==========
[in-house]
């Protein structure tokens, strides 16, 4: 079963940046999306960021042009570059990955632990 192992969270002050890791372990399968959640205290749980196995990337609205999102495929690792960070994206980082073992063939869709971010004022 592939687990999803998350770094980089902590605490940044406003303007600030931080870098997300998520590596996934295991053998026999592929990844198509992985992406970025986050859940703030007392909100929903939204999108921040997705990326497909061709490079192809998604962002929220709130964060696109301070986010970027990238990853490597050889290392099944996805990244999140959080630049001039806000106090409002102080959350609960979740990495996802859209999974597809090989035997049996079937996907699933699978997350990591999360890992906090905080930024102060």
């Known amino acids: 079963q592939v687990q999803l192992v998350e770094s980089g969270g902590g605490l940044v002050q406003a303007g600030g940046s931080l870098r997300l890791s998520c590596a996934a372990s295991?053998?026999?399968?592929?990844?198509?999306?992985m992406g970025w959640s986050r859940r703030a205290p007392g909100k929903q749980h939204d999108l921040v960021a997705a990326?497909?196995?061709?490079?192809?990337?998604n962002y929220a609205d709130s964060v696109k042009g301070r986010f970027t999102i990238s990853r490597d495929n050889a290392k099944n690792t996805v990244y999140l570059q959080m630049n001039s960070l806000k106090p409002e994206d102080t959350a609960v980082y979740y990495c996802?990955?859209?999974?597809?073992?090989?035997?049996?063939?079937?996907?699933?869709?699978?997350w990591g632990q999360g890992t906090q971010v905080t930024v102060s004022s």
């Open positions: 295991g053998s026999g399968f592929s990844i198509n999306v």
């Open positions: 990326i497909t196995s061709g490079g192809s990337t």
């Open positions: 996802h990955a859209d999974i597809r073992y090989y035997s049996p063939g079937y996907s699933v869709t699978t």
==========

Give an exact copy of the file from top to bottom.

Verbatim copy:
[in-house]
């Protein structure tokens, strides 16, 4: 079963940046999306960021042009570059990955632990 192992969270002050890791372990399968959640205290749980196995990337609205999102495929690792960070994206980082073992063939869709971010004022 592939687990999803998350770094980089902590605490940044406003303007600030931080870098997300998520590596996934295991053998026999592929990844198509992985992406970025986050859940703030007392909100929903939204999108921040997705990326497909061709490079192809998604962002929220709130964060696109301070986010970027990238990853490597050889290392099944996805990244999140959080630049001039806000106090409002102080959350609960979740990495996802859209999974597809090989035997049996079937996907699933699978997350990591999360890992906090905080930024102060």
């Known amino acids: 079963q592939v687990q999803l192992v998350e770094s980089g969270g902590g605490l940044v002050q406003a303007g600030g940046s931080l870098r997300l890791s998520c590596a996934a372990s295991?053998?026999?399968?592929?990844?198509?999306?992985m992406g970025w959640s986050r859940r703030a205290p007392g909100k929903q749980h939204d999108l921040v960021a997705a990326?497909?196995?061709?490079?192809?990337?998604n962002y929220a609205d709130s964060v696109k042009g301070r986010f970027t999102i990238s990853r490597d495929n050889a290392k099944n690792t996805v990244y999140l570059q959080m630049n001039s960070l806000k106090p409002e994206d102080t959350a609960v980082y979740y990495c996802?990955?859209?999974?597809?073992?090989?035997?049996?063939?079937?996907?699933?869709?699978?997350w990591g632990q999360g890992t906090q971010v905080t930024v102060s004022s």
């Open positions: 295991g053998s026999g399968f592929s990844i198509n999306v």
């Open positions: 990326i497909t196995s061709g490079g192809s990337t």
């Open positions: 996802h990955a859209d999974i597809r073992y090989y035997s049996p063939g079937y996907s699933v869709t699978t």